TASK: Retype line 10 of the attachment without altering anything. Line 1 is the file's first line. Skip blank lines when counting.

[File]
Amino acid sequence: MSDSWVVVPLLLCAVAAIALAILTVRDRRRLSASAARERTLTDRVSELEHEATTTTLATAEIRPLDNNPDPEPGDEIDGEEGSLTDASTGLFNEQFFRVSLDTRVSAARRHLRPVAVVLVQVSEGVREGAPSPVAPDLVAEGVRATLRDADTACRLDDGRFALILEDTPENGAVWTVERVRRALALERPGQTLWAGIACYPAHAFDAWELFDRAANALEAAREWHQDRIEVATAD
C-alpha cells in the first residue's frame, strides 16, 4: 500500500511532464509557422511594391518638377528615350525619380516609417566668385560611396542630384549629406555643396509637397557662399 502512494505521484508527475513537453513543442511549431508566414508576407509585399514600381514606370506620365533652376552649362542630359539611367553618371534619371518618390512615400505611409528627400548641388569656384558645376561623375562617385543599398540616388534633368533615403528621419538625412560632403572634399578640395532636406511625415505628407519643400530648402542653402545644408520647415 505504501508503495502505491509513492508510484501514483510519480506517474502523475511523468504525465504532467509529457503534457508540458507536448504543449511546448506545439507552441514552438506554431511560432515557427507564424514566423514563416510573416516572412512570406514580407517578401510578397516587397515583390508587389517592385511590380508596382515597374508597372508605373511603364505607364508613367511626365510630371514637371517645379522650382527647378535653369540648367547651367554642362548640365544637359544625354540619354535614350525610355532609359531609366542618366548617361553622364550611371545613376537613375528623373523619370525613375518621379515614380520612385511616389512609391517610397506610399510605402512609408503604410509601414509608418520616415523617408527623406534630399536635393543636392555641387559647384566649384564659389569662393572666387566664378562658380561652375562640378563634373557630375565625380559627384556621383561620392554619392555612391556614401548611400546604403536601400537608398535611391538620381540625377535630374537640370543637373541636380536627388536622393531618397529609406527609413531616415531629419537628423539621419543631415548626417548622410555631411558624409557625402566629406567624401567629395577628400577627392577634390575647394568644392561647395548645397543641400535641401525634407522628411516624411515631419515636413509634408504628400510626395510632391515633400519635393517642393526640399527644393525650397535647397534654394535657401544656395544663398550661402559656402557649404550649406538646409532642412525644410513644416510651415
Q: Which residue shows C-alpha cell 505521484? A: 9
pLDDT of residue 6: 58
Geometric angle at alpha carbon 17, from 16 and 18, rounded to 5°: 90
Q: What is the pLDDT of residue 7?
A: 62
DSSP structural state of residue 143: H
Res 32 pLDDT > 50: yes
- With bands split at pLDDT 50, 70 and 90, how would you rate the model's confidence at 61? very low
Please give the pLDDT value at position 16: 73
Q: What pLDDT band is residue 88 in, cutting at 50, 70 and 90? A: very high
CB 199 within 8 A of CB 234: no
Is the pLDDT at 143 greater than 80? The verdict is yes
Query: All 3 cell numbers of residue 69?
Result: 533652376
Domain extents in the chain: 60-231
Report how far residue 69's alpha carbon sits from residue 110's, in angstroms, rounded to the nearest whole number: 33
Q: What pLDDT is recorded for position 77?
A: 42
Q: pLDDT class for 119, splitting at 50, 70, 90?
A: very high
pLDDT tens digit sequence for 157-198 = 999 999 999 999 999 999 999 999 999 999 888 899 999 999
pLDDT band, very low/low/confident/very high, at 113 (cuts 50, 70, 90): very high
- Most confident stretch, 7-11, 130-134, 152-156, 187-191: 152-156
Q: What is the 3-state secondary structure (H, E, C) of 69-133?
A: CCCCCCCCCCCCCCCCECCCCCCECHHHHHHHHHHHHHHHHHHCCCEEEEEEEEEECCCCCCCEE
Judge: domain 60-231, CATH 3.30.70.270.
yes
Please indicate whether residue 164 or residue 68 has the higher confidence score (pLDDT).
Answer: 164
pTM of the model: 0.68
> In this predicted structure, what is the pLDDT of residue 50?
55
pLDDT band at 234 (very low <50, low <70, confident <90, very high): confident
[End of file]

- With bands split at pLDDT 50, 70 and 90, how would you rate the model's confidence at 61? very low